Originally Posted By: Alannc44
Does Dr. Gross' book not provide somewhat of empirical evidence to the benefits of acceleration based on the LM? After all, this seems to be the only test she cites for these children whom she follows longitudinally.


I am sure that AEH will have a better response, but what I would say is that Dr. Gross clearly outlines is that for measurably exceptional or profoundly gifted children there is clear empirical evidence for the benefits of acceleration, academically AND socially, evidence of the difficulty in dealing with educators AND (importantly) evidence for the risks of NOT accelerating (or otherwise providing adequate education).

Her argument is that measurably exceptional or profoundly gifted children are not "spurters" and do not "level out" - unless you willfully suppress their development. Their chances of growing up to be socially well adjusted are inherently tied to their successful intellectual development (relative to their personal potential, specifically not their adequate intellectual development relative to their age peers).

The SBLM is the tool that she had available to her at the time with which to measure... The SBLM is no longer an acceptable tool with which to measure (30 years later). Newer tests have not been designed with gifted children in mind, they are frustrating for experts and parents of gifted children (especially at the tails). But they are the only tools we have that will hold any sway with schools in terms of IQ / "potential" or "ability", the gift vs. the talent, as Gagne would say. Despite the frustrations with newer tests, there ARE children who are scoring at the extreme tails of the WISC-V, extended norms have been made available. That said, it seems that most organisations serving the "profoundly gifted" will simply accept an IQ score of 145+ on a modern measure, as there is no SBLM replacement today.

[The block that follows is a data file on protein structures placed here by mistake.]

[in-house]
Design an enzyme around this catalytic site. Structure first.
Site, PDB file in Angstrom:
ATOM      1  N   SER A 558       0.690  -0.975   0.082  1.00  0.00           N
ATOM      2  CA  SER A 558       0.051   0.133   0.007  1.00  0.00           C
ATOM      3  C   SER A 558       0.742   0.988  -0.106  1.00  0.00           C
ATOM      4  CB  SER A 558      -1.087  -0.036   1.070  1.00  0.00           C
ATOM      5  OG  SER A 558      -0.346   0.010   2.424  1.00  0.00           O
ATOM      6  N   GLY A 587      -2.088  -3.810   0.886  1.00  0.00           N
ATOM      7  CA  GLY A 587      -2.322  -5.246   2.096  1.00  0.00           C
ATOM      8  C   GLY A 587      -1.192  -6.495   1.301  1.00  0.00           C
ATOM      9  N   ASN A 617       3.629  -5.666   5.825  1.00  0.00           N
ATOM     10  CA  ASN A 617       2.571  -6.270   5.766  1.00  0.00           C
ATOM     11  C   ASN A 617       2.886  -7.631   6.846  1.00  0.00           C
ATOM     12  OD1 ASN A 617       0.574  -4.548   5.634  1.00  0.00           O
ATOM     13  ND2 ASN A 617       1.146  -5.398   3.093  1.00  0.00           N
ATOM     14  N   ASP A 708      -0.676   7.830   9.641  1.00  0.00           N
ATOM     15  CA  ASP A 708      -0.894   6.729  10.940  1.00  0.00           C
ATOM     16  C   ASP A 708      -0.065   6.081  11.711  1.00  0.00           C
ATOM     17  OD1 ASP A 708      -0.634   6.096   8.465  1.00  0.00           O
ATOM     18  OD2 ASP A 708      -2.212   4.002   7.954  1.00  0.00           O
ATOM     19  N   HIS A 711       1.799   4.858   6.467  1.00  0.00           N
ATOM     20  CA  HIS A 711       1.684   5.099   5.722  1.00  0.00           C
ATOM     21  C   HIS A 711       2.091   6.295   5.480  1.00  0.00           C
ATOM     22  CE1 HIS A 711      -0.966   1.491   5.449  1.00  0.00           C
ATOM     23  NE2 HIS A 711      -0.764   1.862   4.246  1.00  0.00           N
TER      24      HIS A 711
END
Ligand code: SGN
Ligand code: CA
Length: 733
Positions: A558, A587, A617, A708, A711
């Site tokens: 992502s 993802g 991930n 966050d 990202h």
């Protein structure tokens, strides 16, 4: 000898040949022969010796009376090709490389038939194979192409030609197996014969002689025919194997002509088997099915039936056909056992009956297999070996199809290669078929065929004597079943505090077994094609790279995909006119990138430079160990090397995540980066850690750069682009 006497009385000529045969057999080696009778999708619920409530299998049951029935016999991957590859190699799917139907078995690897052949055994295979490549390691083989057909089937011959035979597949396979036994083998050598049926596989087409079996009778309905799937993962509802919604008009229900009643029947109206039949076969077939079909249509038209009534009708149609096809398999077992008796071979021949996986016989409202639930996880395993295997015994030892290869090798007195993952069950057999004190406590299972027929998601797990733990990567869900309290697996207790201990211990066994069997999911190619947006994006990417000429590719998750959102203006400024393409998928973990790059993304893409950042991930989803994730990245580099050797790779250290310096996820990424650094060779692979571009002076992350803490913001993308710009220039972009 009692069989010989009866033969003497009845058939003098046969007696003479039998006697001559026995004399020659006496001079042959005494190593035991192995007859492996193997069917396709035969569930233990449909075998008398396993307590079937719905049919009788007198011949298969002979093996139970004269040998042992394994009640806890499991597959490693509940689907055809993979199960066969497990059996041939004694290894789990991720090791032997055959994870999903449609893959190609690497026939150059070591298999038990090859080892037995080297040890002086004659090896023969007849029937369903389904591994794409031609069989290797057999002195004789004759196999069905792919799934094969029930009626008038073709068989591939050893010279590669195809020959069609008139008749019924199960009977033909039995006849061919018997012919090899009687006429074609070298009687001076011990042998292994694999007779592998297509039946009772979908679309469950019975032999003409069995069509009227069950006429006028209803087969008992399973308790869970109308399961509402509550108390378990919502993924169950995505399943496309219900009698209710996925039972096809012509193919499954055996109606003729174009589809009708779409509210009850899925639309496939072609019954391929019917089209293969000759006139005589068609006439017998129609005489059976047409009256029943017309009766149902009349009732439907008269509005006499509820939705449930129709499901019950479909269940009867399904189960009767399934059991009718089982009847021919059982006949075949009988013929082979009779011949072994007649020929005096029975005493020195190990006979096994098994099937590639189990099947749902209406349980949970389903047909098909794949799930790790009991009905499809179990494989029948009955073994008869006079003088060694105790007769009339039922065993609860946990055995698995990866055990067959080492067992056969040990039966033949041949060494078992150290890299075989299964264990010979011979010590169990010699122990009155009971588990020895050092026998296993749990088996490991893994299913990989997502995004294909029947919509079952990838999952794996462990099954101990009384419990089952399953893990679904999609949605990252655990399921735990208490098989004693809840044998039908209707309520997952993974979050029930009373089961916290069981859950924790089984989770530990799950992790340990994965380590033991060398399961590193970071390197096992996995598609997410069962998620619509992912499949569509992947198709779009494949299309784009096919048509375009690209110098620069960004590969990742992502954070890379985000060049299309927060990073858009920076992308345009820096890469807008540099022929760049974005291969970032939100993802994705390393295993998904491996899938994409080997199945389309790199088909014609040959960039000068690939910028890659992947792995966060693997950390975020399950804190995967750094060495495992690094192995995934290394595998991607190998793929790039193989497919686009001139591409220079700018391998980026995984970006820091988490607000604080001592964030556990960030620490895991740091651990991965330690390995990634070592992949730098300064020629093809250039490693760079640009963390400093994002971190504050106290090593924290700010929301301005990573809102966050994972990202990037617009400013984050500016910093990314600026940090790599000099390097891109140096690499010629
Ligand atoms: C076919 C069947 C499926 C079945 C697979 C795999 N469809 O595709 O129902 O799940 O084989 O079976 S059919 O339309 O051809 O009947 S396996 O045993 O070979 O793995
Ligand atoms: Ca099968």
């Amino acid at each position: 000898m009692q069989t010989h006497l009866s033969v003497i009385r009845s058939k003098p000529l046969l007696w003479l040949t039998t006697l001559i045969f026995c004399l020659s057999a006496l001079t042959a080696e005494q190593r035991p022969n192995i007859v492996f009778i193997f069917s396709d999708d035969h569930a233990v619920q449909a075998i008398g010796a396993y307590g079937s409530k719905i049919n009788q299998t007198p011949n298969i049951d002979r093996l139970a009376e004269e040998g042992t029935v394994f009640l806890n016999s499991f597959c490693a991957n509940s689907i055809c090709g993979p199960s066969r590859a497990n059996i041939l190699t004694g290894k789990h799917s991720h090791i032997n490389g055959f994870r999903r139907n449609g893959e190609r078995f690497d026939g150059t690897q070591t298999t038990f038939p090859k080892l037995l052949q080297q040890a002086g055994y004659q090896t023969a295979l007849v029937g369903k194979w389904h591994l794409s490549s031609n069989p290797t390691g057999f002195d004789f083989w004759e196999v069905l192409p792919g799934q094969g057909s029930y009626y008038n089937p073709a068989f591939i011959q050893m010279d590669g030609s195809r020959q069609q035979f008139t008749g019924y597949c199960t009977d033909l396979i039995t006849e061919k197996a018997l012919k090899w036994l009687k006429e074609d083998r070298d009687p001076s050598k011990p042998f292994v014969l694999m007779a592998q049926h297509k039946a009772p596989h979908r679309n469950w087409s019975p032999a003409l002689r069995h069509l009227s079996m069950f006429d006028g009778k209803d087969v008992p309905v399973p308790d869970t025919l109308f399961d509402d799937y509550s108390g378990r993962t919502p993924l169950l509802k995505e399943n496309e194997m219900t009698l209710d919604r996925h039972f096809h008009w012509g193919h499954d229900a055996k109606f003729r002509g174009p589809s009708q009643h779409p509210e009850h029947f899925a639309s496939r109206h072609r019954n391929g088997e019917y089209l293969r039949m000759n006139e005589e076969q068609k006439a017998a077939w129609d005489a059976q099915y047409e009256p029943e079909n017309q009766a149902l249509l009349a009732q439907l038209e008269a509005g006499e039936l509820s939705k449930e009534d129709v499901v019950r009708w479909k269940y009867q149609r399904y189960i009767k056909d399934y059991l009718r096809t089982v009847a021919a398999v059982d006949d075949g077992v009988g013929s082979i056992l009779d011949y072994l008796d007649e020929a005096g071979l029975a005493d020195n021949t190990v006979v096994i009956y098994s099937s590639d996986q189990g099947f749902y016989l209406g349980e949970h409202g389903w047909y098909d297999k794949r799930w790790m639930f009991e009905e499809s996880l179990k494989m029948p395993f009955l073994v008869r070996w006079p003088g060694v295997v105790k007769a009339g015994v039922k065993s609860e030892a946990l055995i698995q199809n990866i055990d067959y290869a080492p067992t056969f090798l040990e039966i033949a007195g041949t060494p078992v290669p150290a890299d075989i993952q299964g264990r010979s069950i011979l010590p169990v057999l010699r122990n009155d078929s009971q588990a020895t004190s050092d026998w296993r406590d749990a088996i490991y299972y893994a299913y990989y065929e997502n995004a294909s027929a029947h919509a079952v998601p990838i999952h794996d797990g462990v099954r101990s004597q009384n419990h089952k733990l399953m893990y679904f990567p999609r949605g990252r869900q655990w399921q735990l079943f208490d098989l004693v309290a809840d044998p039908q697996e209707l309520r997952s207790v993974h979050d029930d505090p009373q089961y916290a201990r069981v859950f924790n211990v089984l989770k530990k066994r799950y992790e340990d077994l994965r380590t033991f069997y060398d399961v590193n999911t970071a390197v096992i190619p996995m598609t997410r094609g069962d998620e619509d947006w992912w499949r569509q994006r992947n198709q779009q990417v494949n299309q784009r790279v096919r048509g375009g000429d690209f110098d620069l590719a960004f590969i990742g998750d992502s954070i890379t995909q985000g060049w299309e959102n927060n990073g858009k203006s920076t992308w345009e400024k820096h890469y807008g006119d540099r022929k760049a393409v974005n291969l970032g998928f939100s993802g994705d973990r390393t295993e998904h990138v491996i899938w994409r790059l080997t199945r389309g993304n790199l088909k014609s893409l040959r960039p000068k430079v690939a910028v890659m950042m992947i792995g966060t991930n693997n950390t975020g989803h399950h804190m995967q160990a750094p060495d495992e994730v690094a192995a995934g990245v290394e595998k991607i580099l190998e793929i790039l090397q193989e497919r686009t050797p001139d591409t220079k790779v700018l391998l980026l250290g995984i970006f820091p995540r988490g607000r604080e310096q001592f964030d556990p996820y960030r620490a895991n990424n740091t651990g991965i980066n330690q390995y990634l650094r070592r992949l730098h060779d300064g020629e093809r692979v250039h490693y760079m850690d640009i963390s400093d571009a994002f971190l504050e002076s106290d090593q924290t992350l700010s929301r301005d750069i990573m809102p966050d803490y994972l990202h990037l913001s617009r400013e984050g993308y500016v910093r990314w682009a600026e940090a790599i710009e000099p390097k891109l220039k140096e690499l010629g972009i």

One of the issues in how differently the SBLM and modern tests work for gifted children seems to be, from my inexpert reading, that the SBLM did not really weight processing speed or working memory the way modern tests do, AND did not penalise a child with a specific strength. From what I understand a globally gifted child could do very well, but a less globally gifted child with a massive verbal or math spike could also do very well. And there was only one final number to describe that outcome, regardless of what their personal strength was, or how "even" they were. On more modern measures children who can score 160+ on FSIQ will be extraordinarily rare, as so few are uniformly gifted in all areas of modern test (including WM and PS). But the WISC-V does provide multiple ways of describing a child with a significant strength in a particular domain and many (most?) relevant program are using these options as acceptable measures of giftedness (VECI, NVI, EFI, GAI, EGAI, QRI, etc)

Tests of achievement are many and varied. Gross used multiple forms of achievement testing in her book too. She repeatedly references school's utter unwillingness to acknowledge children's strengths even in light of both IQ AND achievement measures such as the SAT. Though, from what I understand, not being American, the SAT was also a proxy for IQ 30 years ago, much more so than it is today.